homedsgn logo homedsgn logo

Manzanita House by Klopf Architecture

By • Jul 19, 2014

San Francisco-based studio Klopf Architecture designed the Manzanita House.

This 1,350 square foot contemporary home is located in Fairfield, California, USA.

Manzanita House by Klopf Architecture (1)
Manzanita House by Klopf Architecture (2)
Manzanita House by Klopf Architecture (3)
Manzanita House by Klopf Architecture (4)
Manzanita House by Klopf Architecture (5)
Manzanita House by Klopf Architecture (6)
Manzanita House by Klopf Architecture (7)
Manzanita House by Klopf Architecture (8)
Manzanita House by Klopf Architecture (9)
Manzanita House by Klopf Architecture (10)
Manzanita House by Klopf Architecture (11)
Manzanita House by Klopf Architecture (12)

Manzanita House by Klopf Architecture:

“What kind of house would a martial arts blackbelt build?

Fellow blackbelt Joan Wiener and John Klopf have practiced martial arts for a combined total of 32 years. Wiener asked John Klopf of Klopf Architecture to design her house because she believed that their shared martial arts values and philosophies could be translated into architecture. She wanted a house that embraced the Japanese spirit embodied by the martial arts: balance, gracefulness, simple efficiency, and connection to the natural world.

The owners wanted a sense of openness and light but couldn’t afford to build more than 1500 square feet. They wanted a modern house but with warm, natural materials. They also shared John Klopf’s  commitment to complementing the qualities of the site (view, wind, sunlight, rain), not dominating it, with architecture. Enclosed is a small portfolio illustrating how the design has responded to these concerns. Here are just three of the highlights:

 

  • Klopf Architecture used Japanese concept of borrowed landscape to maximize the feeling of spaciousness. They relieved pressure on the interior space by opening more than 2/3 of the south wall for views and light. On top of that, they broke up the massing with a breezeway that becomes an exterior room bounded by landscape.
  • The low-slung horizontal bar shape of the house and the FSC-certified redwood siding help blend the dwelling with the natural wooded lot. Inside, warm colors and natural wood accents make the living spaces feel homey.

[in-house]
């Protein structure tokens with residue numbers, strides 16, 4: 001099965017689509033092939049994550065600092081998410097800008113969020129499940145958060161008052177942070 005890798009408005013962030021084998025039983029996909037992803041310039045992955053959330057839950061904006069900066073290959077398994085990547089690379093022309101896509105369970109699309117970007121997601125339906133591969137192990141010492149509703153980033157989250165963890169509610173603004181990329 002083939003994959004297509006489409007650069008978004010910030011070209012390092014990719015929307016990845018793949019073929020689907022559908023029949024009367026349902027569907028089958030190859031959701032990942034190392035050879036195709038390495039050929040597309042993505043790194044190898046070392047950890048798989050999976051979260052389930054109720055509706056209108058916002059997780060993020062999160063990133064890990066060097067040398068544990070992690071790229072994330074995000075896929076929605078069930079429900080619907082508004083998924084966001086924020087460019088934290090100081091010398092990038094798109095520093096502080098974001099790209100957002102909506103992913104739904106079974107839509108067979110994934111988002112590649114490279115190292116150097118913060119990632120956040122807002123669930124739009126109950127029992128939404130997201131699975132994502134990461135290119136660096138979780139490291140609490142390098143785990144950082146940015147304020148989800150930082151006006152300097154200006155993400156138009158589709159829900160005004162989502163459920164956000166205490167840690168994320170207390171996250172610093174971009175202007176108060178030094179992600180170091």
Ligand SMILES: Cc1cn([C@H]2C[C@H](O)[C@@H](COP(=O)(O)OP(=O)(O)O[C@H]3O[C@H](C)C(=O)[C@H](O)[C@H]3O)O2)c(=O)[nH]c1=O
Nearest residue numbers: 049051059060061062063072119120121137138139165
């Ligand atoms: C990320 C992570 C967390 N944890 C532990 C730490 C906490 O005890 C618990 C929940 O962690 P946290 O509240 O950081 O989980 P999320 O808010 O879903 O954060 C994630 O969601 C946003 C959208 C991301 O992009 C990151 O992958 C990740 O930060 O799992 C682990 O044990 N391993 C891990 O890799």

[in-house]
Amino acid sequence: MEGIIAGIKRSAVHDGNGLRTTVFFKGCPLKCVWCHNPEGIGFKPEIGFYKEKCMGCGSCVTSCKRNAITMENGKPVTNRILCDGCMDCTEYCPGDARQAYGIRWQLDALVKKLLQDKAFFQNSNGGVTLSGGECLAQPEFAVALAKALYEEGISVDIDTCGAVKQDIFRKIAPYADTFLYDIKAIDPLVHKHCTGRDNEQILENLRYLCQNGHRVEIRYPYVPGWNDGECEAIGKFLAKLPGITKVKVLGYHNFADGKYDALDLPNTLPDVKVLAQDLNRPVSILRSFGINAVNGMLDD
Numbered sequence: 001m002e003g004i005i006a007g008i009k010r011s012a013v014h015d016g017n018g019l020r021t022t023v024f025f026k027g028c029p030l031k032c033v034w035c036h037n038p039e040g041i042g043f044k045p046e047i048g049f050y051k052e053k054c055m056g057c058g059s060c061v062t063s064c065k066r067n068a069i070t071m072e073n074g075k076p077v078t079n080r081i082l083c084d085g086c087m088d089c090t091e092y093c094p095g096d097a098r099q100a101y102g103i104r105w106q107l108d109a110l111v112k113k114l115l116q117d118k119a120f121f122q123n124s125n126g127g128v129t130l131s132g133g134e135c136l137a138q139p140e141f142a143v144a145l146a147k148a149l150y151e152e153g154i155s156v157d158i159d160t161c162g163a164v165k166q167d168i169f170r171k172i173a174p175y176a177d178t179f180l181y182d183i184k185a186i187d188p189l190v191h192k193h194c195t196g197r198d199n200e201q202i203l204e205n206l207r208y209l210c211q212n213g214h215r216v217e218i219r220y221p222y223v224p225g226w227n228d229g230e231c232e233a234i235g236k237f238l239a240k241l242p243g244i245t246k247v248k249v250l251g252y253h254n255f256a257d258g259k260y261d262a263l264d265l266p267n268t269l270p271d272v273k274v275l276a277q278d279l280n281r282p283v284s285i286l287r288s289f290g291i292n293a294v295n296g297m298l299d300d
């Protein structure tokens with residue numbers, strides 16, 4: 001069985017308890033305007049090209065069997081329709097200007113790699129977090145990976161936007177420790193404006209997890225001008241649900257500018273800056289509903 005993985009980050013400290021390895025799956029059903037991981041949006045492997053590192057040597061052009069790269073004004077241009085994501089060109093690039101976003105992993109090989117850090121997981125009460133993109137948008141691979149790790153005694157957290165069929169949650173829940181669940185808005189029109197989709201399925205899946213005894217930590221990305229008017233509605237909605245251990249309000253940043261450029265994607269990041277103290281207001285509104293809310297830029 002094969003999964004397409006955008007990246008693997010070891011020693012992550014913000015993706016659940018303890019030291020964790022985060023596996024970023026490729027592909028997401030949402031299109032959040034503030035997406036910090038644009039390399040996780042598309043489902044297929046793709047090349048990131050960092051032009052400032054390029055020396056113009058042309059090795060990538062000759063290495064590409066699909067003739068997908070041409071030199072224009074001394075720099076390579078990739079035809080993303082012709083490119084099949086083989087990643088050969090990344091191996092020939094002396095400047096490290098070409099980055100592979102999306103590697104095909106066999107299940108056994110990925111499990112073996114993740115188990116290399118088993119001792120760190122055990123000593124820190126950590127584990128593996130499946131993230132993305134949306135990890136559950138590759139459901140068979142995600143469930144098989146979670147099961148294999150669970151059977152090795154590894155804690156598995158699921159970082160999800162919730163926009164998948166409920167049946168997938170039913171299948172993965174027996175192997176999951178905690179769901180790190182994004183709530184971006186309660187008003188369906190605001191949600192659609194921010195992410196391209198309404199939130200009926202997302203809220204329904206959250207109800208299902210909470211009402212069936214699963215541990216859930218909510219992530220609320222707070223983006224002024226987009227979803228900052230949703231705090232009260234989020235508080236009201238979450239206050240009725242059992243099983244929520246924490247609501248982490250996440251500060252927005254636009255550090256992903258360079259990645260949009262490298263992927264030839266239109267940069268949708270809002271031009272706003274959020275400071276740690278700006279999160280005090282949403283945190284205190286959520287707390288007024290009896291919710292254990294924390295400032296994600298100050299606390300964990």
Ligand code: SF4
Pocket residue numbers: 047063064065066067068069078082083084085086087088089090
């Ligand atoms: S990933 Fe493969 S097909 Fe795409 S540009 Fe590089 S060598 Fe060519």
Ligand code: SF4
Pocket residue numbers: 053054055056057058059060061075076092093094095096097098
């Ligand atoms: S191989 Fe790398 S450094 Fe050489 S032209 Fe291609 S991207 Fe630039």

• Proper shading and orientation of the abundant glass allows this house to remain comfortable in 100-degree weather with the windows open (there’s no air conditioner), and in the winter with minimal radiant floor heat.


When asked about the house, Wiener says: “When I wake up in this new space, I feel like I’m outside in nature because of the even lighting and multiple views. Every time I walk through the breezeway [to get from her bedroom to the main house] I’m reminded of nature and I take time to look at the stars.”

I think you’ll agree this dwelling emphasizes the value of a shared design aesthetic between the architect and client and is just the kind of house that you may want to feature in your magazine.
Klopf Architecture brings the outside in. The firm creates warm, modern designs that admit natural light and allow openness to nature.  Klopf Architecture’s primary goal is to create spaces people love to inhabit.

Specializing in new warm, modern net-zero energy houses, we are widely recognized for our work remodeling and adding to mid-century modern and Eichler homes. We believe in bringing these wonderful homes back to life for another generation to love, or creating new, green modern homes that provide the same level of warmth and connection to nature that follow a similar philosophy.

In business for more than 12 years, Klopf Architecture has created designs for four new, modern green or net-zero energy homes and more than 65 mid-century modern home remodels / additions. “

Photos by: Ken Gumaker

You may use j/k/arrow keys to navigate through the articles

Share your Thoughts